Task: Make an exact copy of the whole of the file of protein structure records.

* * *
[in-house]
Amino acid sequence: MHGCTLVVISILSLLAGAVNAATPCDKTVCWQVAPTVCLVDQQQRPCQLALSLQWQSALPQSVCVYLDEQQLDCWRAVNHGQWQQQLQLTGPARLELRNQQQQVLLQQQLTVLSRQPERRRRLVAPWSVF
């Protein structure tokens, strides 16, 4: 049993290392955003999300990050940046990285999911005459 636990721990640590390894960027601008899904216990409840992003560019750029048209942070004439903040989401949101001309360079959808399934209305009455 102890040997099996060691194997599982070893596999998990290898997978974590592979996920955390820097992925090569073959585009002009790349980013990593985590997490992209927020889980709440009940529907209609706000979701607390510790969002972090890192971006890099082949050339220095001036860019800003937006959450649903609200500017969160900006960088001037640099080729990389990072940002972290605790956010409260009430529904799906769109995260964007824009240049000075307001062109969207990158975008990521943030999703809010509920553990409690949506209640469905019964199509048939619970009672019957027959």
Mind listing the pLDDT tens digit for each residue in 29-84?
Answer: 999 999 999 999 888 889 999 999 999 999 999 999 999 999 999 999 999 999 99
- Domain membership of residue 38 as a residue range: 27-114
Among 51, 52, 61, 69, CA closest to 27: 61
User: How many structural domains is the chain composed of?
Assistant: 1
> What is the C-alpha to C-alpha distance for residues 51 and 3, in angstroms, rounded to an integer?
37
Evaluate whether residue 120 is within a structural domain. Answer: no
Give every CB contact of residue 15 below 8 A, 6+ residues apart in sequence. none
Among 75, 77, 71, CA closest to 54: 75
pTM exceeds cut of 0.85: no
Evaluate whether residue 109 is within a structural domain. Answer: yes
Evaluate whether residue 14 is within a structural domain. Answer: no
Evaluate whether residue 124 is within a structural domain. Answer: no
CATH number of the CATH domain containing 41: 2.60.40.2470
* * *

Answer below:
[in-house]
Amino acid sequence: MHGCTLVVISILSLLAGAVNAATPCDKTVCWQVAPTVCLVDQQQRPCQLALSLQWQSALPQSVCVYLDEQQLDCWRAVNHGQWQQQLQLTGPARLELRNQQQQVLLQQQLTVLSRQPERRRRLVAPWSVF
């Protein structure tokens, strides 16, 4: 049993290392955003999300990050940046990285999911005459 636990721990640590390894960027601008899904216990409840992003560019750029048209942070004439903040989401949101001309360079959808399934209305009455 102890040997099996060691194997599982070893596999998990290898997978974590592979996920955390820097992925090569073959585009002009790349980013990593985590997490992209927020889980709440009940529907209609706000979701607390510790969002972090890192971006890099082949050339220095001036860019800003937006959450649903609200500017969160900006960088001037640099080729990389990072940002972290605790956010409260009430529904799906769109995260964007824009240049000075307001062109969207990158975008990521943030999703809010509920553990409690949506209640469905019964199509048939619970009672019957027959």
Mind listing the pLDDT tens digit for each residue in 29-84?
Answer: 999 999 999 999 888 889 999 999 999 999 999 999 999 999 999 999 999 999 99
- Domain membership of residue 38 as a residue range: 27-114
Among 51, 52, 61, 69, CA closest to 27: 61
User: How many structural domains is the chain composed of?
Assistant: 1
> What is the C-alpha to C-alpha distance for residues 51 and 3, in angstroms, rounded to an integer?
37
Evaluate whether residue 120 is within a structural domain. Answer: no
Give every CB contact of residue 15 below 8 A, 6+ residues apart in sequence. none
Among 75, 77, 71, CA closest to 54: 75
pTM exceeds cut of 0.85: no
Evaluate whether residue 109 is within a structural domain. Answer: yes
Evaluate whether residue 14 is within a structural domain. Answer: no
Evaluate whether residue 124 is within a structural domain. Answer: no
CATH number of the CATH domain containing 41: 2.60.40.2470